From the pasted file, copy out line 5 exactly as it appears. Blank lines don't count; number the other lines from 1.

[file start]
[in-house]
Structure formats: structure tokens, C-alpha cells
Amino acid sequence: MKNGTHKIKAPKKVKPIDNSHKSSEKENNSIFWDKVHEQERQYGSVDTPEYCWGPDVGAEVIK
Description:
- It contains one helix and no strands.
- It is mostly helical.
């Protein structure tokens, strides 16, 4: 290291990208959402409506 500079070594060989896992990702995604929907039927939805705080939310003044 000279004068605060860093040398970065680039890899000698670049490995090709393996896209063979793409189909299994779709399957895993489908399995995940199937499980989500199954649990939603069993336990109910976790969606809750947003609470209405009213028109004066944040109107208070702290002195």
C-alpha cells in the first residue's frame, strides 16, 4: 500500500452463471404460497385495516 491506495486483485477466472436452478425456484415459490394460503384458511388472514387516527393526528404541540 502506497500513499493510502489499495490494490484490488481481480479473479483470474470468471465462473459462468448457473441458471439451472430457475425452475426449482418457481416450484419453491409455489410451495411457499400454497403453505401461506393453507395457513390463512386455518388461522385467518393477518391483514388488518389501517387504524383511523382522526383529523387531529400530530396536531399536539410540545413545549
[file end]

- It contains one helix and no strands.